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PC folks are intolerant of Catholics

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POSTED June 19, 2014 12:10 a.m.

We were bicycling along North Murphy Road nearing the last farmhouse before connecting with Mariposa Road when two mean looking and snarling German Shepherds starting chasing us down.

My instinct was to jam, but my riding partner for the day said we’d never out sprint them. As he said that, he quickly dismounted and reached into his fanny pack for what he said was some homemade pepper spray.

What his hand brushed up against as he grabbed the pepper spray made my eyes bug out. He was packing a handgun. To be honest the fact that someone was carrying a gun wasn’t what startled me. It was the fact the man carrying it was a Catholic priest.

After he got the dogs to stay at bay and we rode away, I asked him about the gun.

“It’s not loaded,” he said. “I use it when I need to.”

The priest happened to minister to wards at the California Youth Authority. This was back in 1991 when some of the most vicious and violent juvenile offenders in California were housed in Stockton.

He explained he started carrying the weapon after he was threatened with physical harm when he came across some former wards who mistook him for one of the guards.

While I have never owned a gun, I thought it was foolish for anyone to carry one who had no intention of using it. It seems if you are forced into a situation where you feel compelled to draw a weapon that you’d better be ready to use it. An unloaded gun doesn’t do you much good.

The priest thought otherwise saying it would be enough to de-escalate most confrontations he was likely to face.

The gun-toting, bicycling priest popped into my mind this week after the unfortunate incident in Phoenix. A priest was killed by a handgun of a fellow priest whose weapon was wrestled away by a burglar who had beaten the gun owner prior to him retrieving the gun in an attempt to defend himself.

 The beating was so severe that authorities originally didn’t believe the priest that owned the gun would make it through the first night in the hospital. A homeless ex-convict has been arrested and charged in the attack.

A number of non-Catholics have expressed shock that a priest owned a gun. They contend the priest was a hypocrite. Whoa. First, I’m not Catholic. That said Catholic teachings may compel priests to advocate greater limits on guns but self-defense is also part of Catholic theology.

Being a Catholic priest has to be the second toughest job in the world behind being an apologist for the policies of a sitting American president.

Everything they do is criticized and attacked by non-Catholics or those who contend they are Catholic but are hell-bent to overturn centuries of church doctrine in the next three weeks.

The Archbishop of San Francisco Salvatore Cordileone is being slammed for having the audacity to exercise his right of religion and free speech. Politicians and at least 30,000 others that signed petitions are demanding he not speak or march at Tuesday’s event supporting traditional marriage being staged by the National Organization for Marriage in Washington, D.C. They contend he will be engaging in hate speech since the views of some attending they say are anti-gay and anti-transgender.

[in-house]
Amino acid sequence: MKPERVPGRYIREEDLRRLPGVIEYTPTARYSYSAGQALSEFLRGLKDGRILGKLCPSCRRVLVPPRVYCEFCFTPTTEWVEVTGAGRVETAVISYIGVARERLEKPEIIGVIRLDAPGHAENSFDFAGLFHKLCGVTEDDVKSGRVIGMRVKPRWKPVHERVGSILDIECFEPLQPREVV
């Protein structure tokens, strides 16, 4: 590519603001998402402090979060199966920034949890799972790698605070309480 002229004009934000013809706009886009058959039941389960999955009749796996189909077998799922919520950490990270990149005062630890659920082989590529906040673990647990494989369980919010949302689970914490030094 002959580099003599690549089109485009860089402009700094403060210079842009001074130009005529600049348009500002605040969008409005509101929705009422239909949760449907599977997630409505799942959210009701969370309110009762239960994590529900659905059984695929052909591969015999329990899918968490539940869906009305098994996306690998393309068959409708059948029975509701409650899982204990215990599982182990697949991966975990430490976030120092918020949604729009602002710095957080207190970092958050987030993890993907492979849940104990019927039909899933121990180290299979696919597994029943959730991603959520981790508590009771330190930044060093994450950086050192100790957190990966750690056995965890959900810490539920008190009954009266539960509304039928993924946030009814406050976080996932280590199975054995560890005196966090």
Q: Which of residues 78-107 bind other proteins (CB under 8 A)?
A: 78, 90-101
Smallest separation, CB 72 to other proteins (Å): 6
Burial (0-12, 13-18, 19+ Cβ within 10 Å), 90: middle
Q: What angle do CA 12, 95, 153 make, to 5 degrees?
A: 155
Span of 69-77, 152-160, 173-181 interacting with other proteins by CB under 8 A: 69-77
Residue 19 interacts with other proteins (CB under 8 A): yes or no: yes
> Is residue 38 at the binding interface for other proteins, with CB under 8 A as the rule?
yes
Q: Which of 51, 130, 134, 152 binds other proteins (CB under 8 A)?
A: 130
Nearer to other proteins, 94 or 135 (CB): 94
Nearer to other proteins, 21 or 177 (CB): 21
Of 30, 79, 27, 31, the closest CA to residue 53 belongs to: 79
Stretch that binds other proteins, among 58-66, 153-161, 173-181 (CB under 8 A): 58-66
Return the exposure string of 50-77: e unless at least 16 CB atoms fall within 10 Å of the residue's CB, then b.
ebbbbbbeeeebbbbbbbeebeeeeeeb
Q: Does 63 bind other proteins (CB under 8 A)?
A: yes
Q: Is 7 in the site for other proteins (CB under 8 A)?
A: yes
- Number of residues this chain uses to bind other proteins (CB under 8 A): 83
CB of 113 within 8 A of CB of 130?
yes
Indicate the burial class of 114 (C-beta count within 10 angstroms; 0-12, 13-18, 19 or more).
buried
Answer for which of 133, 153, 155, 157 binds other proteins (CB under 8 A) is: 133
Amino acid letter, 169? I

Cordileone stated the gathering is “not anti-anyone or anti-anything.” It is being staged to support a long-standing belief that marriage is between a man and a woman.

Protestors don’t see it that way. They hold onto a one-dimensional view of the Catholic faith and lash out at anything that doesn’t meet their politically correct standards whether it involves freedom of religion, freedom of speech, or even the right to bear arms.

Thank goodness — I’d say God but I’m afraid it would give the PC crowd a massive stroke — the Catholic Church isn’t as myopic as its critics.

If so, those stricken in the gay community with AIDS at the depth of the health crisis would have had few options to turn to if it hadn’t been for the compassion of the Catholic Church in funding and running non-profits in San Francisco to assist victims of the disease.

Someone who gives time, money and compassion to someone who is gay can’t exactly be called anti-gay can they? But they can in a PC world where those self-anointed as censors of ideas and speech believe they are gods that dictate human opinion and will.

It is a double standard for a priest to pray for peace and own a handgun? Is it a double standard for a priest to believe in traditional marriage and have compassion for those that can’t marry each other within the tenets of the Catholic faith?

The short answer in both cases is no.

Priests just like you and me exist in the real world. 

Thou shall not kill held to as an absolute by a number of faiths would have assured their extinction centuries ago.

Faith operates in an imperfect world, the world of man.

As such those of faith often are pragmatic. That’s why they can have compassion for perceived sinners by the standards of their faith.

It’s too bad the politically correct folks don’t display the same attitude for those that go against their core beliefs.

 

This column is the opinion of executive editor, Dennis Wyatt, and does not necessarily represent the opinion of The Bulletin or Morris Newspaper Corp. of CA.  He can be contacted at dwyatt@wmantecabulletin.com or 209.249.3519.

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